The advanced microscope designer and producer, Motic China Group, a subsidiary of the acclaimed Motic Electric Group Co. Ltd., has recently partnered with the Global Good Fund, a JV between Bill Gates and the Intellectual Ventures. Through this newly formed partnership, Motic and the Global Good Fund have decided to develop an AI-powered microscope, EasyScan GO to fight against drug-resistant malaria.
For the record, EasyScan GO has the capability to enhance healthcare facilities, pertaining to its ability to detect malaria parasites in blood smear more accurately and automatically within a short period of time. Apparently, it also helps microscopists to track mutating diseases very effectively.
As per conventional diagnosis methods, WHO certified microscopists take nearly 20 minutes per slide to detect severe and drug-resistant malaria parasites from blood smear analysis. Automating the analysis process with the help of software-assisted intelligent software, EasyScan GO will reduce the shortage of trained staff across under-resourced countries, state experts.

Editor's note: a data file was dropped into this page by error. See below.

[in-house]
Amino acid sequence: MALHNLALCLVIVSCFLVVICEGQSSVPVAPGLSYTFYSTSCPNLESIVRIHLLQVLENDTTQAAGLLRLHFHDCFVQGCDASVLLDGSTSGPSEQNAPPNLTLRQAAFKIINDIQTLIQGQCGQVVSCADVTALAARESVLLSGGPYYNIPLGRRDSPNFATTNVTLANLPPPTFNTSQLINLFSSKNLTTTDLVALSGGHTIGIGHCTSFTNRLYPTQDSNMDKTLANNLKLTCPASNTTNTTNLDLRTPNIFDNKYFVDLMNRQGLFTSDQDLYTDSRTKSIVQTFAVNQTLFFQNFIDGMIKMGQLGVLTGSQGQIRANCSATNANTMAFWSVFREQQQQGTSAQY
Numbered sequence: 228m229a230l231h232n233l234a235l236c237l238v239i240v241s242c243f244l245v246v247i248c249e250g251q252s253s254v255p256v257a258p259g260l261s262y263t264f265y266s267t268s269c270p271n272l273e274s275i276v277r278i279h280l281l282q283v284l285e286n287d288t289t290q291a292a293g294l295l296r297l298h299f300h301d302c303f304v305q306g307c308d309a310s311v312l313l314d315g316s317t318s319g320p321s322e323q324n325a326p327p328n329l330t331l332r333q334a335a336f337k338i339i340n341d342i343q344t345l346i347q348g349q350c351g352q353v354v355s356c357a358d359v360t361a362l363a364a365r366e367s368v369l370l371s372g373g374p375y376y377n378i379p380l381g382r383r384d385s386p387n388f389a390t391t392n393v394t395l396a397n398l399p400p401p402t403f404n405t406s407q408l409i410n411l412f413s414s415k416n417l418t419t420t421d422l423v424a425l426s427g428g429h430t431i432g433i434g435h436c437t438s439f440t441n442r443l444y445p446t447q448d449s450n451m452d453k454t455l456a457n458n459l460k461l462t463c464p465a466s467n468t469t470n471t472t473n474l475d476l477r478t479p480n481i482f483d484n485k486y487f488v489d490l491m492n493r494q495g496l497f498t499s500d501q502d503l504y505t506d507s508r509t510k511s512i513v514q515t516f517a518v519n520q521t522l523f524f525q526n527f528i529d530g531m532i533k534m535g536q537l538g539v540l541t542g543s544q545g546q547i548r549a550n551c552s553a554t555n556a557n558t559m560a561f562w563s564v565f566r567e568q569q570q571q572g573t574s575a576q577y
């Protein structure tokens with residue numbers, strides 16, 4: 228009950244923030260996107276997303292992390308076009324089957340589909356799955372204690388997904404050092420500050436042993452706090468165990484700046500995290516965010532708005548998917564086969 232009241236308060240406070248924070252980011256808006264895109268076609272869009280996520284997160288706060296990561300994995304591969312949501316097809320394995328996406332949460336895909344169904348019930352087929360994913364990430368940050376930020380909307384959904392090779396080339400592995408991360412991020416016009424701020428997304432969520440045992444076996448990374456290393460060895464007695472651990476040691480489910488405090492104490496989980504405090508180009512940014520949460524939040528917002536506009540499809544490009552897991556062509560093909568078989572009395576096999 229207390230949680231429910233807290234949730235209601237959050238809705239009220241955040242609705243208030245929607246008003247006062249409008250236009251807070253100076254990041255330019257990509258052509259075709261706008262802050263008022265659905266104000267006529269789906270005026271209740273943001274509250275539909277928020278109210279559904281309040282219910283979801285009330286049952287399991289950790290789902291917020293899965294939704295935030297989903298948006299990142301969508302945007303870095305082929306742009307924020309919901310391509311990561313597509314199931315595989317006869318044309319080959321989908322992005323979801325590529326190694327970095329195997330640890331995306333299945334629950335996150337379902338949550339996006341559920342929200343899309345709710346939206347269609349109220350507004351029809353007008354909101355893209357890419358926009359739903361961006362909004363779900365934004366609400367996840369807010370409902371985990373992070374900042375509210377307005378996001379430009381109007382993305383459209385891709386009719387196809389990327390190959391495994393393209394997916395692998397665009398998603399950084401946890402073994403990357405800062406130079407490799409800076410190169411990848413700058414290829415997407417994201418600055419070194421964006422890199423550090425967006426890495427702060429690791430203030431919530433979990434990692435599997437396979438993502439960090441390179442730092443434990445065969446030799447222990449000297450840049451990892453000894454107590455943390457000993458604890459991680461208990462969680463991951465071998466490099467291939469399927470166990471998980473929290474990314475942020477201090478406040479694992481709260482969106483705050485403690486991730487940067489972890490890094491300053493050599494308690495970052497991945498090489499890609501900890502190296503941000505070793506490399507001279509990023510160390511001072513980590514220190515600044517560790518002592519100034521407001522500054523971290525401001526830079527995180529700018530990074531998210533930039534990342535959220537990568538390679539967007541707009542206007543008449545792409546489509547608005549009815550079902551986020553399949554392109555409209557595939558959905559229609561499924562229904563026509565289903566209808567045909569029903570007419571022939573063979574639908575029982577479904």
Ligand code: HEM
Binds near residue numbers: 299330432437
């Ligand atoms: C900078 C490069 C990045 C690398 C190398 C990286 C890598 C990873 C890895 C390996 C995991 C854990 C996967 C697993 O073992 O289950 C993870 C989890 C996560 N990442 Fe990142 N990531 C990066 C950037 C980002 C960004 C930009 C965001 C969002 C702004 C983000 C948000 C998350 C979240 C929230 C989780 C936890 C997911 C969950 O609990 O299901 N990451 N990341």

This technological innovation is reportedly another contribution by the Global Good Fund, that promotes social entrepreneurs to develop advanced technologies for a humanitarian impact. The field test of a prototype of the microscope has been carried out at the International Conference on Computer Vision (ICCV), that validated the fact that the machine learning algorithm established by Global Good is more reliable as compared to conventional microscopes.
In favor of EasyScan GO, the Director of Global Health Technologies supporting Global Good, David Bell said that by providing AI-powered microscopes to laboratory technicians, they could overcome two prominent barriers – standardizing detection across various regions and case management.
Currently, the AI-powered microscope has been trained to analyze all kinds of malaria species, while the research team has been working continuously to find out other traits and parasites found in blood films, inclusive of sickle cells, microfilaria, and Chagas disease. Apart from this, the investigation for other sample types like tissue and sputum is also underway, cite sources.